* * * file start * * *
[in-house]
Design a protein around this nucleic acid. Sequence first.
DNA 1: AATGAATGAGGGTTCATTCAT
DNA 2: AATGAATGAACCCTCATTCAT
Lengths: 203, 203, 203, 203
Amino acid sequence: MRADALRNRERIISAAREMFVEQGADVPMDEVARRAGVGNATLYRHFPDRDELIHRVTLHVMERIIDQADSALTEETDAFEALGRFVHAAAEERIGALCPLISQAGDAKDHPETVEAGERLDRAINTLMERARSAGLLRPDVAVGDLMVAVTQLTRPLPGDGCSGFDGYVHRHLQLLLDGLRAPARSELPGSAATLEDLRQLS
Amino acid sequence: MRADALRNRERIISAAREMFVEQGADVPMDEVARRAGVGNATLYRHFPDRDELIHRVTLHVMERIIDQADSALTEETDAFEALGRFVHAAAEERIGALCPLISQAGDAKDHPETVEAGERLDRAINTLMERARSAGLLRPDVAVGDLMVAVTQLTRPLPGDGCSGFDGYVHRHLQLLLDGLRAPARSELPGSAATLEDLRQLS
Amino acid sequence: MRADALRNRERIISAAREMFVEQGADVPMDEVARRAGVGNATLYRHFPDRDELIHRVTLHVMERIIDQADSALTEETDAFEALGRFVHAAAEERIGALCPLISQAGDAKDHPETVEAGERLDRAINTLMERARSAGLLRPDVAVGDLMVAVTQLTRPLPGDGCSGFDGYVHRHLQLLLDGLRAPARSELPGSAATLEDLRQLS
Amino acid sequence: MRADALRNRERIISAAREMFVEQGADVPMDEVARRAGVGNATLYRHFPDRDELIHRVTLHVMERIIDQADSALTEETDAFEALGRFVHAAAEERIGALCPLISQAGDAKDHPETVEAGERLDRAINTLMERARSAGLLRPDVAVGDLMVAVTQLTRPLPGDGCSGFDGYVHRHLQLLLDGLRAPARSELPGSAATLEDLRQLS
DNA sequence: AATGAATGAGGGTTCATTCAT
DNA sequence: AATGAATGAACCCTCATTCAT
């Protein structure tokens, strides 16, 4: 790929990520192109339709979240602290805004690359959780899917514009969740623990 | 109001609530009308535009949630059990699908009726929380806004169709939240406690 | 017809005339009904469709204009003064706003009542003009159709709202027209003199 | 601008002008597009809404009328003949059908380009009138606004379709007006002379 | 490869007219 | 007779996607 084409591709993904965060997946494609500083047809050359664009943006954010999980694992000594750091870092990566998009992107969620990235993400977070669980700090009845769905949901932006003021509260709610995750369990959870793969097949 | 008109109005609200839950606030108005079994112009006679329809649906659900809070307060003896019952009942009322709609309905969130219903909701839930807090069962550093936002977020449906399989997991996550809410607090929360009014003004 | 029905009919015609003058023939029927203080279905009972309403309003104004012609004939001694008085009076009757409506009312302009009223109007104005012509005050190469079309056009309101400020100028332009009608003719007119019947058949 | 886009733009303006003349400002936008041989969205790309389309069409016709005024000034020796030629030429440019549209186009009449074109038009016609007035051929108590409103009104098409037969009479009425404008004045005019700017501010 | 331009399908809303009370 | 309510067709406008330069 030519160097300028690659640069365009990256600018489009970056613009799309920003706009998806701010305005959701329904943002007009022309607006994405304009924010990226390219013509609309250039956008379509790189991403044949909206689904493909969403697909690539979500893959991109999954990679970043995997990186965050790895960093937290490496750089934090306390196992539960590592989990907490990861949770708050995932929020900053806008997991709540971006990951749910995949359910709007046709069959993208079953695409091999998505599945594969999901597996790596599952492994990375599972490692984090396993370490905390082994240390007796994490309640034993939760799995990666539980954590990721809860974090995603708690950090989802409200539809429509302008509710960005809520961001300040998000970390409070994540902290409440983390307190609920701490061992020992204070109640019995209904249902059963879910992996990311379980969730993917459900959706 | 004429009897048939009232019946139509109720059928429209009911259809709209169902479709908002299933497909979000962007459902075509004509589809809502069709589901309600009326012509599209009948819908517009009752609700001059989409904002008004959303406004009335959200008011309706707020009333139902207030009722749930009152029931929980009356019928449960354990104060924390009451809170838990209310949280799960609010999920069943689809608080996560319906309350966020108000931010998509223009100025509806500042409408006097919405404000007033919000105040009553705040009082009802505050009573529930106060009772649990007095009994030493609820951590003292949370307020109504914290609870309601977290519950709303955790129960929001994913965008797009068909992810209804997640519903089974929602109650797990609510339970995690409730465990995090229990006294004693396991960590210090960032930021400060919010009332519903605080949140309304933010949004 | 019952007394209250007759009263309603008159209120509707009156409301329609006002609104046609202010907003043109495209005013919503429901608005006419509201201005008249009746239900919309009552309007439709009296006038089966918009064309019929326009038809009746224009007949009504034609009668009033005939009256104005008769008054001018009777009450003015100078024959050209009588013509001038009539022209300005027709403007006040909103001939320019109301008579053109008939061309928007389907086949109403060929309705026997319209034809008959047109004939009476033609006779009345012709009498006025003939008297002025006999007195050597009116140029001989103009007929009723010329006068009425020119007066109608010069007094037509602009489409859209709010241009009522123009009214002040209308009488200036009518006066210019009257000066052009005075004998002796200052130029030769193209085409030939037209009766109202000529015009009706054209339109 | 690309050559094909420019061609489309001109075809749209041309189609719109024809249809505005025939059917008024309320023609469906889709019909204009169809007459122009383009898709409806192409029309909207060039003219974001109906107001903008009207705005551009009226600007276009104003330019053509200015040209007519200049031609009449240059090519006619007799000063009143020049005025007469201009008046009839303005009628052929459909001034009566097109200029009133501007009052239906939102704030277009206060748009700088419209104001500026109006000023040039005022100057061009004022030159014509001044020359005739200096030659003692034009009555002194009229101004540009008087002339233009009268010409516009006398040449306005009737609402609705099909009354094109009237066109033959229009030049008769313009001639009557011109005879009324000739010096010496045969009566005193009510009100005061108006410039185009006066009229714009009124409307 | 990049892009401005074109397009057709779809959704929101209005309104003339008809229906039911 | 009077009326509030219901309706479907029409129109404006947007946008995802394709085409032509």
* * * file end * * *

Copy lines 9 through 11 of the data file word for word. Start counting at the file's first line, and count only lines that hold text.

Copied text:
Amino acid sequence: MRADALRNRERIISAAREMFVEQGADVPMDEVARRAGVGNATLYRHFPDRDELIHRVTLHVMERIIDQADSALTEETDAFEALGRFVHAAAEERIGALCPLISQAGDAKDHPETVEAGERLDRAINTLMERARSAGLLRPDVAVGDLMVAVTQLTRPLPGDGCSGFDGYVHRHLQLLLDGLRAPARSELPGSAATLEDLRQLS
DNA sequence: AATGAATGAGGGTTCATTCAT
DNA sequence: AATGAATGAACCCTCATTCAT